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The Highlighter





Sephora Senior Writer Kelley Hoffman on her experience.

Here’s some #beautynostalgia for you: During high school, in the late ’90s and early ’00s, it was cool at my California high school to get tanning salon “tattoos.” Girls would put stickers on their bodies in different shapes and after a few sessions, would show off their pale favorite animal or crushes’ initials with teen girl pride. I never did this trend because it didn’t fit into my fair-skinned, emo style at the time—but I didn’t even consider the risks indoor tanning could have, and since have had, on my generation.

The only time I used tanning salons was in my early 20s, when I lived in New York and Prague. The winters were a cold I’d never experienced before, and a friend recommended I do a few low-level, short sessions to improve my mood. I probably didn’t even do more than 10 visits over a few years, but I wish I’d never gone at all.

Fast-forward to age 28. I have never had a mole-check at a dermatologist, and upon hearing this, my boss at Sephora urges me to see the dermatologist across the street from our office. After a full-body examination, the doctor removes one suspicious mole from my chest. It hadn’t stood out to me before, but when I thought about it, I did realize it sometimes cracked and was a little more shiny and pink than other moles. I thought she was just testing it to be safe—I’d surely be fine!

When the tests came back from the lab, I found out it was basal cell carcinoma, the most common form of skin cancer. While not as life-threatening as melanoma, I was told I would have to have a procedure to remove the cancer cells—it could grow to be disfiguring if gone untreated.*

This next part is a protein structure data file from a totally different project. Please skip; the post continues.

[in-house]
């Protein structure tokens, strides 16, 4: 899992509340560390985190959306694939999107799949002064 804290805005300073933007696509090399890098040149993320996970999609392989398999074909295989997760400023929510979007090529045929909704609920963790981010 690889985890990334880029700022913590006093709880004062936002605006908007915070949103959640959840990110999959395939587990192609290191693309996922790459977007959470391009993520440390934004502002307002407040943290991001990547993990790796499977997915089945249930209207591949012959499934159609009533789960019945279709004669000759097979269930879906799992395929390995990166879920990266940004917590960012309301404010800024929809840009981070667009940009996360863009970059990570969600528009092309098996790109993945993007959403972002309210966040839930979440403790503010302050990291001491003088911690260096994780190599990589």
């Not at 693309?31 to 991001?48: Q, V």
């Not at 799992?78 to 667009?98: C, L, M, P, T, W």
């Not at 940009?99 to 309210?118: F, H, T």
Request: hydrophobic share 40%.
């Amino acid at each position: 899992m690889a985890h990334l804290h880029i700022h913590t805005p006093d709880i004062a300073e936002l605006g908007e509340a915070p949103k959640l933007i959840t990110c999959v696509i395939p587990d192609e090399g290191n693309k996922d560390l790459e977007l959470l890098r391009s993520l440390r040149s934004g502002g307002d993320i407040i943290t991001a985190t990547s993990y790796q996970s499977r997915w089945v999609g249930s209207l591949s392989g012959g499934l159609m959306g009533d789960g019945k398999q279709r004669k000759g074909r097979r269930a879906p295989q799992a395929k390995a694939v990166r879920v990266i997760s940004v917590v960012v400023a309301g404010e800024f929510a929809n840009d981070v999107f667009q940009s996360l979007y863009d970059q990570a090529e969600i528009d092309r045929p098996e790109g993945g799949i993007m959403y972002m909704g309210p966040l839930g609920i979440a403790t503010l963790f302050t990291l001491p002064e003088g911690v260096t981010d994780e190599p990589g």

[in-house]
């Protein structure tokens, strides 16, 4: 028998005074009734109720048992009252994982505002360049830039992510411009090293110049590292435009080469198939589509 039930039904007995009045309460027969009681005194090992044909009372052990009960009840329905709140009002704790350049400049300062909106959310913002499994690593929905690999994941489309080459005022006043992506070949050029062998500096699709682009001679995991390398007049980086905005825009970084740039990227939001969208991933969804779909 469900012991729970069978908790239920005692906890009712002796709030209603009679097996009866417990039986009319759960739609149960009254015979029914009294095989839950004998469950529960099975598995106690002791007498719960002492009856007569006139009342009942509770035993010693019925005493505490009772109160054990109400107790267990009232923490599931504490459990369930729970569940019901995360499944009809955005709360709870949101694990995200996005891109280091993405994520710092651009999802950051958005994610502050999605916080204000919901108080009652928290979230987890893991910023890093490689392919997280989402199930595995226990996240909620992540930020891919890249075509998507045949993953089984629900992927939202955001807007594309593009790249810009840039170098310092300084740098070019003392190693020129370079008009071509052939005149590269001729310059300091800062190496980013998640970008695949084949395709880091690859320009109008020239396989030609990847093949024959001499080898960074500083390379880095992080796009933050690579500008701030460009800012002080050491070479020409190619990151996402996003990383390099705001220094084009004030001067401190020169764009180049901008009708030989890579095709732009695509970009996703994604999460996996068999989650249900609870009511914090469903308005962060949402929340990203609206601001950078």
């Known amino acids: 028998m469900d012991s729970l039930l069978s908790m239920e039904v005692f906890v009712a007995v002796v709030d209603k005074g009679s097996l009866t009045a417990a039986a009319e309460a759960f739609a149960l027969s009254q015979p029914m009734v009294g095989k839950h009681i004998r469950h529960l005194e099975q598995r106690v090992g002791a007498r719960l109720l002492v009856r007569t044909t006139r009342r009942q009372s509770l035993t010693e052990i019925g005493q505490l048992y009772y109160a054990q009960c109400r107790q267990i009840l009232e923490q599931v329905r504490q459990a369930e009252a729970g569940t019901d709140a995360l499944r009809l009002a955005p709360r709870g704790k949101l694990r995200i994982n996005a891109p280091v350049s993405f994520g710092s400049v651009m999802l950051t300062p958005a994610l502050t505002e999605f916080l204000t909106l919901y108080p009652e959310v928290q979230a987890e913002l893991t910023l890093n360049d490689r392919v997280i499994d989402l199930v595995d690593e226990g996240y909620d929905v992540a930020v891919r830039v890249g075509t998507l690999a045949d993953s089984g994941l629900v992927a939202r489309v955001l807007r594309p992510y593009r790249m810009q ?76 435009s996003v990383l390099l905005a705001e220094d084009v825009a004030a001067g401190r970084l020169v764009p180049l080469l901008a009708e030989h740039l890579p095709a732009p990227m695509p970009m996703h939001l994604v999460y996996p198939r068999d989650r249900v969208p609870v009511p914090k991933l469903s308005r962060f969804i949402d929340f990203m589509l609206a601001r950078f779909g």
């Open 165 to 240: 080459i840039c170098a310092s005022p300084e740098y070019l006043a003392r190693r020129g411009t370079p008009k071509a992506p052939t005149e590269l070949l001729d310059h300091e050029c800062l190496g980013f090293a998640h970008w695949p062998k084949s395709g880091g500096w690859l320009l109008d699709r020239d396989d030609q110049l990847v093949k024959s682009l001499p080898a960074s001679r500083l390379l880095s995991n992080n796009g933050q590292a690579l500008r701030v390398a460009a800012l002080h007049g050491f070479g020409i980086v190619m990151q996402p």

Most of us have experienced an annoying sunburn. But the smell of your own burning flesh—which arose, without warning, from my anesthetized chest while my doctor worked—is far more sobering.

I now have a scar on my chest to remind me of my brush with skin cancer, and not only will I never step foot inside an indoor tanning salon, I’m as devoted to wearing sunscreen as I am to brushing my teeth.

I’m not sure what makes Millennials feel so invincible to skin cancer—maybe we just feel like it’ll never happen to us, or it’s something we should worry about when we’re older. But the facts are terrifying—especially for young people.

According to the Skin Cancer Foundation, a new study shows that melanoma has grown by 800 percent in young women over the past 40 years, and 400 percent in young men. While men have a higher lifetime risk of melanoma, researchers believe the reverse gender rise in youth is due to the popularity of indoor tanning to young women.

I urge you to check out other skin cancer facts from the Skin Cancer Foundation; they might just save your life. Please, this month, make your mole-check appointment, invest in your SPF routine, and look at the incredible self-tanning options out there instead of indoor tanning.


*all information from the Skin Cancer Foundation.